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BACKGROUND: Identification of the cell types transfected following gene transfer is an important factor in the selection of appropriate gene transfer agents (GTAs). Due to the relatively low gene expression mediated by non-viral GTAs, current methodologies for the detection and identification of transfected cells in the lung have proven insensitive and unreliable. We have investigated the use of the green fluorescent protein (GFP) to identify transfected cells in a mouse lung model. METHODS: Direct visualisation of GFP fluorescence in frozen histological sections was used in conjunction with a panel of cell type specific antibodies to investigate the distribution and level of gene expression in mouse lungs following instillation of non-viral GTAs. RESULTS: Despite considerable tissue autofluorescence, dose-dependent expression of GFP was detected following instillation of as little as 25 microg naked plasmid DNA (pDNA). Naked pDNA and pDNA complexed with polyethylenimine appeared to transfect mainly ciliated cells and Clara cells of the conducting airway, whereas expression mediated by pDNA complexed with the cationic lipid GL67 was found predominantly in type I pneumocytes. CONCLUSIONS: Direct visualisation of GFP expression was used to detect transfected cell types in the mouse lung. In contrast with observations made using beta-galactosidase as a reporter, gene expression from several non-viral GTAs was readily demonstrated and no false GFP-positive cells were ever detected in untreated lung tissues. Lung delivery of different GTAs resulted in GFP expression in different cell types, confirming the importance of identification of transfected cells when screening and selecting GTAs for disease targets.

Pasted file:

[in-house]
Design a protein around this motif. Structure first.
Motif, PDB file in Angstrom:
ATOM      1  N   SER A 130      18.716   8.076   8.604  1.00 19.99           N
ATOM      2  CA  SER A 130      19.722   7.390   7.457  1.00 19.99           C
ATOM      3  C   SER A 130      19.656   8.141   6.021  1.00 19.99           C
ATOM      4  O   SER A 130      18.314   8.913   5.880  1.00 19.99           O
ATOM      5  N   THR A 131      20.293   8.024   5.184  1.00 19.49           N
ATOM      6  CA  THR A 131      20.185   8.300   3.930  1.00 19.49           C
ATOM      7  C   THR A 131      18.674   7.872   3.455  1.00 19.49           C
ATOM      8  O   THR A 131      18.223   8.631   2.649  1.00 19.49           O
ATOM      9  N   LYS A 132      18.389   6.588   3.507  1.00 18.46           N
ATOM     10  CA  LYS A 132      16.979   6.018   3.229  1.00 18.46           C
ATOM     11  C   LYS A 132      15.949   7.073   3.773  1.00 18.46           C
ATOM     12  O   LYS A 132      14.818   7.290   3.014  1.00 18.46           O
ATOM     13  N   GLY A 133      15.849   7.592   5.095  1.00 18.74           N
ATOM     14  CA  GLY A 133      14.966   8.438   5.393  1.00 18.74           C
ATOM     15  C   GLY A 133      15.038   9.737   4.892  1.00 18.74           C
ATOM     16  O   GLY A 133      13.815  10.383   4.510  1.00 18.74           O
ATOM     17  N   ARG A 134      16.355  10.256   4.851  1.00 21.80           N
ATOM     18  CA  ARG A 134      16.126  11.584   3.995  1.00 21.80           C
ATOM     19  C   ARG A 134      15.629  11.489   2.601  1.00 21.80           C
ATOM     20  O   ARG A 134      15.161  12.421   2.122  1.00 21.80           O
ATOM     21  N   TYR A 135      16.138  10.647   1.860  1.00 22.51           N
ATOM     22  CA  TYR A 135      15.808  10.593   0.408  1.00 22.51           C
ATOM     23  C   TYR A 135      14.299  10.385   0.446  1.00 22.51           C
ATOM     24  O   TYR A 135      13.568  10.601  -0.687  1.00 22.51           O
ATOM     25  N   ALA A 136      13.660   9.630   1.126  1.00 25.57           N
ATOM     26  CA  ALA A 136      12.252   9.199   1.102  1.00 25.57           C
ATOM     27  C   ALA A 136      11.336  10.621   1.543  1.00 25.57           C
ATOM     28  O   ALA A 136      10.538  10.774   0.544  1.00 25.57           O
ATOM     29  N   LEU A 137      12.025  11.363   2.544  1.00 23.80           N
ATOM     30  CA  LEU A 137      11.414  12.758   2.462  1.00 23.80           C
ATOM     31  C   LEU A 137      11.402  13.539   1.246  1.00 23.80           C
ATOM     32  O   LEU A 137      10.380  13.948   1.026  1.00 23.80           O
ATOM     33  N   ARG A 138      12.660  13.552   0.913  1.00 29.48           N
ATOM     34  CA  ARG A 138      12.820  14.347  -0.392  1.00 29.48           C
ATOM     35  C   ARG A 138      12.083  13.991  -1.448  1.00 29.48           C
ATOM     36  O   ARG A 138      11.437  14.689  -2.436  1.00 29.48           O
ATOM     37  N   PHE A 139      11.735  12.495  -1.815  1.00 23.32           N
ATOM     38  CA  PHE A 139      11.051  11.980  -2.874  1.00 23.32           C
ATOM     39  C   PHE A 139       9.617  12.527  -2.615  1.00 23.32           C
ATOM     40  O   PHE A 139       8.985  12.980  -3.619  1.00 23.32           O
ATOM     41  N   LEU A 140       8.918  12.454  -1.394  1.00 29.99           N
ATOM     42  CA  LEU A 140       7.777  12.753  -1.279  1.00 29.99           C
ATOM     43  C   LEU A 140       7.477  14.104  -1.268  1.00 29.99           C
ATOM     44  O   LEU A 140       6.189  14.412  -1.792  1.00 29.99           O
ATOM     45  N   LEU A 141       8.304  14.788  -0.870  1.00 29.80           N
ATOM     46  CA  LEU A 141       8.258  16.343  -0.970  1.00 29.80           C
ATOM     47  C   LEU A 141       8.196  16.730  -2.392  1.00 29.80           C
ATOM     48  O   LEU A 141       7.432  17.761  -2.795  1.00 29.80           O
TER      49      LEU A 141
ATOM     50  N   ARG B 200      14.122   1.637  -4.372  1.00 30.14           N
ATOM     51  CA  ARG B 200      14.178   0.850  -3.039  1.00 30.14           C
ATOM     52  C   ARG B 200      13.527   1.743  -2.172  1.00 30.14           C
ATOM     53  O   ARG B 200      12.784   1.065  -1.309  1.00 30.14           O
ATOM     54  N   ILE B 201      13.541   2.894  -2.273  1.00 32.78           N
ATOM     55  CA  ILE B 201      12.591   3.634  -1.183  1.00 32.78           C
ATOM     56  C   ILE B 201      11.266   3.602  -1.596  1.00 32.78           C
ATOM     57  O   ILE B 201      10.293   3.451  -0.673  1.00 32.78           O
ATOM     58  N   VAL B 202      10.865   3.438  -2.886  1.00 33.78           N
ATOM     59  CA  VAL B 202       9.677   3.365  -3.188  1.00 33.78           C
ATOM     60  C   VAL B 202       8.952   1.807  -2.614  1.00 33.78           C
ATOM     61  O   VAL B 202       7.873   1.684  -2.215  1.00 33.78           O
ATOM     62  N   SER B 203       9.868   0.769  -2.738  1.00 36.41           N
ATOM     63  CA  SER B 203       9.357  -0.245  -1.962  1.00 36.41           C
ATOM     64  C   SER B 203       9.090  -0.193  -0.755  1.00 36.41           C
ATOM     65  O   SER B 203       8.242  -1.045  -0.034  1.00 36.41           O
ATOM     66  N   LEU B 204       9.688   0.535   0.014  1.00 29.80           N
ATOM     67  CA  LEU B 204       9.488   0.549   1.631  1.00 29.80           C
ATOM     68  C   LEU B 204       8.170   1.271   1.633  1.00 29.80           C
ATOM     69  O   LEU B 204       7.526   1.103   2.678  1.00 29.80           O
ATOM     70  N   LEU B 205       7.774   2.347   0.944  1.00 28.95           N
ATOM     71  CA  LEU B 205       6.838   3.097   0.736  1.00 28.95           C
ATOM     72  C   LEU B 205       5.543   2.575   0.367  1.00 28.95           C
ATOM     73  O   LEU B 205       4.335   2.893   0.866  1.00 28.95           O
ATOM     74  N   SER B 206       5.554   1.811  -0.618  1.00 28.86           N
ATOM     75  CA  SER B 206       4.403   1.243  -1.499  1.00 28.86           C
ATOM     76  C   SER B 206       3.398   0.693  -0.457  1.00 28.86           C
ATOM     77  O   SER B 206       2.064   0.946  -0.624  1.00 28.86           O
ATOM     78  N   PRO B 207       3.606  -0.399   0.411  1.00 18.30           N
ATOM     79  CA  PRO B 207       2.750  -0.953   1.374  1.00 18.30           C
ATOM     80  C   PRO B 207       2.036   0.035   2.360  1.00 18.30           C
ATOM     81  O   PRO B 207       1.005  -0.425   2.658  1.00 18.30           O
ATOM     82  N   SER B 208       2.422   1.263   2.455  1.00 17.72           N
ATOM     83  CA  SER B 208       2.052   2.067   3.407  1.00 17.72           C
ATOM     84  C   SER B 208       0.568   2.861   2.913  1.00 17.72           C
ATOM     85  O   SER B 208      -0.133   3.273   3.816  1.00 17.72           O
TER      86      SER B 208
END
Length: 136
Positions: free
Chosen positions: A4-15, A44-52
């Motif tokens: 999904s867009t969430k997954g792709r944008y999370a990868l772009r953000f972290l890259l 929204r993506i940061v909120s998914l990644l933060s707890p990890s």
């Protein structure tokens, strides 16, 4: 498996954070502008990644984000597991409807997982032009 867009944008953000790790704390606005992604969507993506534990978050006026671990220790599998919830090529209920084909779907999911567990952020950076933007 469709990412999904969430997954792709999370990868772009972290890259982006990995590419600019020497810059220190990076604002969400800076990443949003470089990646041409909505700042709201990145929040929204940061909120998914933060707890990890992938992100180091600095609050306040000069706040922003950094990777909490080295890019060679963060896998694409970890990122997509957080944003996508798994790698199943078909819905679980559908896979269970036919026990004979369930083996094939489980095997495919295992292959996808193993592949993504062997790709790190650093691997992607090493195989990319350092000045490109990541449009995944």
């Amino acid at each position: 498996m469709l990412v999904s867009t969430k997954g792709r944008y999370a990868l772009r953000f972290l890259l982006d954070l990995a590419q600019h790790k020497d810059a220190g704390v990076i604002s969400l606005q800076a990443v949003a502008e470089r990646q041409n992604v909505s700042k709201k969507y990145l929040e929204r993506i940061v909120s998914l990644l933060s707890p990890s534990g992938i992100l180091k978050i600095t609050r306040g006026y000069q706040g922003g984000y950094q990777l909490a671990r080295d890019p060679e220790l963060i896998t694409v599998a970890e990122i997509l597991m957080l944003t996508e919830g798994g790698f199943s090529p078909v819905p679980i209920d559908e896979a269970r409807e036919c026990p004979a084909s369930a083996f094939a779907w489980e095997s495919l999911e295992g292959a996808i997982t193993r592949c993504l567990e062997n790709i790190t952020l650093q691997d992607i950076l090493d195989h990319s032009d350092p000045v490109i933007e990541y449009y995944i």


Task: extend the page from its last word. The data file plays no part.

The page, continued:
Original publication




Journal article


J Gene Med

Publication Date





184 - 196


Animals, Antibodies, Female, Gene Transfer Techniques, Green Fluorescent Proteins, Lung, Mice, Plasmids, Transfection